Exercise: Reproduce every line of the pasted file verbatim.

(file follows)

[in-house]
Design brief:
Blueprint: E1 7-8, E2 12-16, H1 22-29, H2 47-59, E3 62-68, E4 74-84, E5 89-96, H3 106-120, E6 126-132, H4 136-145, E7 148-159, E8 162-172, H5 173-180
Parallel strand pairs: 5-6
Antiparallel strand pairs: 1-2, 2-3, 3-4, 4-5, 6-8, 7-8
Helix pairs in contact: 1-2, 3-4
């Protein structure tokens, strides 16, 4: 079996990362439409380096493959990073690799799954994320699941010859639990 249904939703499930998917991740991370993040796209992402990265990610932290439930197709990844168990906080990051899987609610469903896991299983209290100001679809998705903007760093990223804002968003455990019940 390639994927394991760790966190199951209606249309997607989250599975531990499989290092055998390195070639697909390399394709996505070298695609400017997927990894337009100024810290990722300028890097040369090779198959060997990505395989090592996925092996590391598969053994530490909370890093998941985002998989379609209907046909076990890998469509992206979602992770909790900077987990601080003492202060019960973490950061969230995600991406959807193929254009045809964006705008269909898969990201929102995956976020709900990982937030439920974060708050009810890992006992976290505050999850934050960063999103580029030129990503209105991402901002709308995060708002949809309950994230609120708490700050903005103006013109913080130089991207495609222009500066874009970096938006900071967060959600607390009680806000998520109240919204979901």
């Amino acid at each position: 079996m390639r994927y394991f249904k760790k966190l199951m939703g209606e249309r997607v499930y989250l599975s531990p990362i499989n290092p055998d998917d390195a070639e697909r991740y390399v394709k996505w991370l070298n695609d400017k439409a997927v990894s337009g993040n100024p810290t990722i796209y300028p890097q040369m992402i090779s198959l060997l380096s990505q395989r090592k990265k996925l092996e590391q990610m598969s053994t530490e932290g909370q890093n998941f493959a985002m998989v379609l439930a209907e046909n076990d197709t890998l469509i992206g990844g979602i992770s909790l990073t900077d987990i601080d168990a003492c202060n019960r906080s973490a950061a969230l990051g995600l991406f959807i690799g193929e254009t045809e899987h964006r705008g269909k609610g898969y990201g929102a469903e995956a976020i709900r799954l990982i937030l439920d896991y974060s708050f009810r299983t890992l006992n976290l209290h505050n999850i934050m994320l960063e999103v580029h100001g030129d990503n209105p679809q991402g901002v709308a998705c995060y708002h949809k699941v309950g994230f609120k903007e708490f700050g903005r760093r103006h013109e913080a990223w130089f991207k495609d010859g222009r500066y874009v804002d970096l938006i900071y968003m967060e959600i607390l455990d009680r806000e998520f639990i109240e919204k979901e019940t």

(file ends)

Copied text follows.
[in-house]
Design brief:
Blueprint: E1 7-8, E2 12-16, H1 22-29, H2 47-59, E3 62-68, E4 74-84, E5 89-96, H3 106-120, E6 126-132, H4 136-145, E7 148-159, E8 162-172, H5 173-180
Parallel strand pairs: 5-6
Antiparallel strand pairs: 1-2, 2-3, 3-4, 4-5, 6-8, 7-8
Helix pairs in contact: 1-2, 3-4
């Protein structure tokens, strides 16, 4: 079996990362439409380096493959990073690799799954994320699941010859639990 249904939703499930998917991740991370993040796209992402990265990610932290439930197709990844168990906080990051899987609610469903896991299983209290100001679809998705903007760093990223804002968003455990019940 390639994927394991760790966190199951209606249309997607989250599975531990499989290092055998390195070639697909390399394709996505070298695609400017997927990894337009100024810290990722300028890097040369090779198959060997990505395989090592996925092996590391598969053994530490909370890093998941985002998989379609209907046909076990890998469509992206979602992770909790900077987990601080003492202060019960973490950061969230995600991406959807193929254009045809964006705008269909898969990201929102995956976020709900990982937030439920974060708050009810890992006992976290505050999850934050960063999103580029030129990503209105991402901002709308995060708002949809309950994230609120708490700050903005103006013109913080130089991207495609222009500066874009970096938006900071967060959600607390009680806000998520109240919204979901």
């Amino acid at each position: 079996m390639r994927y394991f249904k760790k966190l199951m939703g209606e249309r997607v499930y989250l599975s531990p990362i499989n290092p055998d998917d390195a070639e697909r991740y390399v394709k996505w991370l070298n695609d400017k439409a997927v990894s337009g993040n100024p810290t990722i796209y300028p890097q040369m992402i090779s198959l060997l380096s990505q395989r090592k990265k996925l092996e590391q990610m598969s053994t530490e932290g909370q890093n998941f493959a985002m998989v379609l439930a209907e046909n076990d197709t890998l469509i992206g990844g979602i992770s909790l990073t900077d987990i601080d168990a003492c202060n019960r906080s973490a950061a969230l990051g995600l991406f959807i690799g193929e254009t045809e899987h964006r705008g269909k609610g898969y990201g929102a469903e995956a976020i709900r799954l990982i937030l439920d896991y974060s708050f009810r299983t890992l006992n976290l209290h505050n999850i934050m994320l960063e999103v580029h100001g030129d990503n209105p679809q991402g901002v709308a998705c995060y708002h949809k699941v309950g994230f609120k903007e708490f700050g903005r760093r103006h013109e913080a990223w130089f991207k495609d010859g222009r500066y874009v804002d970096l938006i900071y968003m967060e959600i607390l455990d009680r806000e998520f639990i109240e919204k979901e019940t």